SH Figuarts released their overall 4th (and possibly final) Obi-Wan Kenobi figure in February. It took a little while until my figure finally arrived from Japan, but now that I have the Revenge of the Sith version of Obi-Wan it’s time to take a (very) quick look at it. So click through for my overall thoughts and a few photos!
Fans of the prequels have been treated very well by the SH Figuarts Star Wars line. With the latest addition we now have all major versions of Obi-Wan, what began with The Phantom Menace version now ends with the Revenge of the Sith version of Obi-Wan, arguably the most desirable variant from the prequels. And even though Obi-Wan’s look didn’t change that much throughout the prequels the details and colors changed a bit with every movie.
Obi-Wan comes with two heads – no face plates this time, SHF decided to provide two full heads instead, so they are seemless. Obi-Wan has five sets of hands, two hands for single wielding the lightsaber, two hands for double wielding the lightsaber, two Force (push) hands, one mind trick / Force use hand and the famous “victory v” hand Obi-Wan used in the duel with Grievous. There is also an extra lightsaber handle without the blade and of course the obligatory lightsaber.
In my opinion Obi-Wan is an excellent addition to the collection. Likeness seems to be, to my eyes, pretty great. Is it perfect? Probably not, but remember these are 1/12 scale figures and some details are always lost. However, SHF didn’t forget to give Obi-Wan his mole on the forehead, a very small detail that can only be appreciated when you look very closely.
The TPM version probably still has the best likeness ever, the other two versions of Obi-Wan all have a beard and beard is notoriusly difficult to recreate. But overall the likeness is really great, especially in hand, on your desk/shelf. Definitely better than the Attack of the Clones version. This is unmistakbly Obi-Wan as portrayed by Ewan McGregor. When it comes to accuracy this Obi-Wan figure scores pretty high, but SHF either forgot or opted not to give Obi-Wan his slightly grey temples. So this Obi-Wan appears somewhat younger.
When it comes to articulation Obi-Wan has the standard SH Figuarts articulation scheme. Butterfly joints, biceps swivel, single jointed elbows (that give you about 110 degrees of motion), freely rotatable wrist joints, pretty good ab crunch, extendable legs for really great range of motion, single jointed knees that give you all the motion you actually need and finally ankle rocker and toe hinge.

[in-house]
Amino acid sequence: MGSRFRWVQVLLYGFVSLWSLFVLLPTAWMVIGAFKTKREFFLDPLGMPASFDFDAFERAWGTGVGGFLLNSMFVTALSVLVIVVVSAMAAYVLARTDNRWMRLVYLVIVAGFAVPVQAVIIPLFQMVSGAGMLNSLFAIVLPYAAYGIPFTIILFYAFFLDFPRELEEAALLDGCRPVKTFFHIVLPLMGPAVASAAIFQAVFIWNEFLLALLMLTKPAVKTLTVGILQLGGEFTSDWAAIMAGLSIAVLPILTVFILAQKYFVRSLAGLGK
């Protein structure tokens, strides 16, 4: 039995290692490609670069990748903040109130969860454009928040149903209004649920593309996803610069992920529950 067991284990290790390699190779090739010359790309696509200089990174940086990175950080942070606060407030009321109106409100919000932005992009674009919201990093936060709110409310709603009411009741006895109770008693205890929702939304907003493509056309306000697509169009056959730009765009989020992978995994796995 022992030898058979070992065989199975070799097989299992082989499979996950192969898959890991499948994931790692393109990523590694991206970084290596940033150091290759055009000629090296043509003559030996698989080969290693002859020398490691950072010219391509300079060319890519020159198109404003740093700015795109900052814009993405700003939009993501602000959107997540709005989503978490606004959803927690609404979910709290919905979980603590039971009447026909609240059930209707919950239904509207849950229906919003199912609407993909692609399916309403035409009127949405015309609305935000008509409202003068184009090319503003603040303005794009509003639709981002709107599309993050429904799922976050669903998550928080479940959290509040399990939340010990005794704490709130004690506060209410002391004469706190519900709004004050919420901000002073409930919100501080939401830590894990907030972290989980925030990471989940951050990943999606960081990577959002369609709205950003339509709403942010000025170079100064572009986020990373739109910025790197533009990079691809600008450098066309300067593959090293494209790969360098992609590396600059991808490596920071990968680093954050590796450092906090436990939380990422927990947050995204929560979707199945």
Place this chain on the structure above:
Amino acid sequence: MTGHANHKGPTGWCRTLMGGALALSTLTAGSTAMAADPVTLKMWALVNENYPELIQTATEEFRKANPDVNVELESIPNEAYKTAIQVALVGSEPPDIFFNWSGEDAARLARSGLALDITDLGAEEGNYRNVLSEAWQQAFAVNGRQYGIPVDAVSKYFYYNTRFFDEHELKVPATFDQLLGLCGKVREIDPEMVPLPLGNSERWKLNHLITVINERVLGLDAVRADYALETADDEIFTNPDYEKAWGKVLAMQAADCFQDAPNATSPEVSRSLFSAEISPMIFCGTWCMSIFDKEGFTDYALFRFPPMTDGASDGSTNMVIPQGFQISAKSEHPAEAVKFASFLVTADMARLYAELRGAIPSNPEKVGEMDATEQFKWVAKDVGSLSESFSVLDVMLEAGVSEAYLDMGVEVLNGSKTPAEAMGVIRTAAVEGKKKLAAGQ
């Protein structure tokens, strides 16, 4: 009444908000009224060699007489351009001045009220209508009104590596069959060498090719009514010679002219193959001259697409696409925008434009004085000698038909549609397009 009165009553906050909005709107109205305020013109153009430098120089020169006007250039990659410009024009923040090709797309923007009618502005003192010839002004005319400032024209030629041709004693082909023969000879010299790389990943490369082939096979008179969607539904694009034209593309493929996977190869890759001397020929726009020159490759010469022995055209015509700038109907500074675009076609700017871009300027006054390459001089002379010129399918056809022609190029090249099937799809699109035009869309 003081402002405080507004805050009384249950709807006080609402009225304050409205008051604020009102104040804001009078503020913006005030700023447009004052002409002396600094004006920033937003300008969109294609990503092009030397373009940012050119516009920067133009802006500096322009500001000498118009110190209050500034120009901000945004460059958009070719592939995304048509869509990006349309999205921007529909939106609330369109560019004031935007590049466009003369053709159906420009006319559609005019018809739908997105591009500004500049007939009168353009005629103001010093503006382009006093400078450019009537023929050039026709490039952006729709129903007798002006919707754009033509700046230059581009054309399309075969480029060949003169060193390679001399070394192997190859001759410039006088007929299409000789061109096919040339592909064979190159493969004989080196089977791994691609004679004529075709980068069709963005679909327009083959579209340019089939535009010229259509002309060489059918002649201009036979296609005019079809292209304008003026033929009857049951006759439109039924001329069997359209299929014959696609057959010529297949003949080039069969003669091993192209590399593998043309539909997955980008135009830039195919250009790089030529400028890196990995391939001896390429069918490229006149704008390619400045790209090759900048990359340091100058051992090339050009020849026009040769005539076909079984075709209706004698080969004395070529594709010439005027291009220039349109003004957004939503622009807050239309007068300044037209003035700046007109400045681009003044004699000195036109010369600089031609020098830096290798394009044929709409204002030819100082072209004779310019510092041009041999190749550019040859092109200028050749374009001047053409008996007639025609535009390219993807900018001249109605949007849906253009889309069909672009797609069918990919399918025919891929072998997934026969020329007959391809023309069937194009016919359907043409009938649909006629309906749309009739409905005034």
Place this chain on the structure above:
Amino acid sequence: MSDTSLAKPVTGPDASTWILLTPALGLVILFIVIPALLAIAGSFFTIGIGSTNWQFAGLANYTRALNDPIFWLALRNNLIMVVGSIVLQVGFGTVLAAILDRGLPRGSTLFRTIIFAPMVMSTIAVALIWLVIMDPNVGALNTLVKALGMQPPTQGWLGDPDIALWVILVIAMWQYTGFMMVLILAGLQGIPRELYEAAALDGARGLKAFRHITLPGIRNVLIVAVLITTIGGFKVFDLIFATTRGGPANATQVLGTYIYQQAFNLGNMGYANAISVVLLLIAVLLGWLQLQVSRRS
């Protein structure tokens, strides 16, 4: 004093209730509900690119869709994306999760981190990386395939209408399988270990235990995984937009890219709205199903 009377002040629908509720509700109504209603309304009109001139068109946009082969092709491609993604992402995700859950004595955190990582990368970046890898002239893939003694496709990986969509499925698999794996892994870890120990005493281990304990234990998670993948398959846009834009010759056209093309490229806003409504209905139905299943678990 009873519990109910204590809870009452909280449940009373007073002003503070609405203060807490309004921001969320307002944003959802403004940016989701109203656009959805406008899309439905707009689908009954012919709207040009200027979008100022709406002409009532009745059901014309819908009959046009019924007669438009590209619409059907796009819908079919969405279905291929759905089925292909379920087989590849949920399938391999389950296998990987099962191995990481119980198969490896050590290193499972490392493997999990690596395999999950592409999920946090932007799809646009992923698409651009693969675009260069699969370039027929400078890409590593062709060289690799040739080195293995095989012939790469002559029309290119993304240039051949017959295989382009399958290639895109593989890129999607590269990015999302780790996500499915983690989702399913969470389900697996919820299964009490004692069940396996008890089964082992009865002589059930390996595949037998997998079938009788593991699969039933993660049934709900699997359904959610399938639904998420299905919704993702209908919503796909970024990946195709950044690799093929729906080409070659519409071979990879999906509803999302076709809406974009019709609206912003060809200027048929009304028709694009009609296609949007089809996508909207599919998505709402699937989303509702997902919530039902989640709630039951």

SHF figures have very fluid motion, much more fluid than anything you get with the Black Series. Articulation overall is excellent, however, elbow articulation is merely good, not excellent. Obi-Wan can’t stroke his beard, for example, but dynamic lightsaber poses are no problem, using either a single or double handed grip.
Scale appears to be pretty good. The Episode III version of Anakin is somewhat on the shorter side, however, the figure has drop down legs (as has Obi-Wan) to give him more height (and better range of motion for the legs).
Once you drop down Anakin’s legs the height difference is much more accurate.
Obi-Wan goes pretty well with the Grievous model kit. I don’t have the Hasbro version of Grievous yet, so instead a photo showing Obi-Wan and the Bandai model kit Grievous.
Andf finally a comparison with the quite old and no longer up to date Black Series Obi-Wan, This is not really a fair comparison. Black Series Obi-Wan is probably one of the low points of the entire line. A comparison with the upcoming TCW Obi-Wan will be much more interesting.
And a closer look at the portraits:
The Revenge of the Sith Obi-Wan is yet another great SH Figuarts prequel figure. SHF collectors now have every major version of Obi-Wan, only a ghost version is missing.
The materials used are very high quality, the sculpt is very, very crisp, much crisper than what you get with the Black Series, SHF’s version of photoreal is superb, as usual one caveat is that close-up photos are really not ideal here. These photo real figures are meant to be seen with your own eyes, not through a camera lens. In close-up photos the face looks spotty, blotchy even, but this means that the skin looks very natural when you look at the figure with your own eyes, it’s similar to what Hot Toys does. It adds texture to the skin and gives it a very natural look. The Hasbro photoreal figures have clean skin, no texture at all, which is why the skin usually looks somewhat more plasticky for Black Series figures.
If you have the money you can do no wrong with SH Figuarts Obi-Wan. He comes with almost everything you need. Only a cloak is missing, but no SHF figure has a (cloth) cloak, there are options on ebay, if you feel you must have a cloak.
This is without a doubt the very best Revenge of the Sith Obi-Wan you’ll ever find. Even an updated Archive line version of the Black Series Obi-Wan would suffer from lack of articulation, soft details and an overall plasticky look. In other words, the Black Series version will always be a toy, whereas the SH Figuarts version is a collectible. It remains to be seen if the upcoming TPM Obi-Wan can score more points for the Black Series. From what we have seen the sculpt seems to be fantastic.
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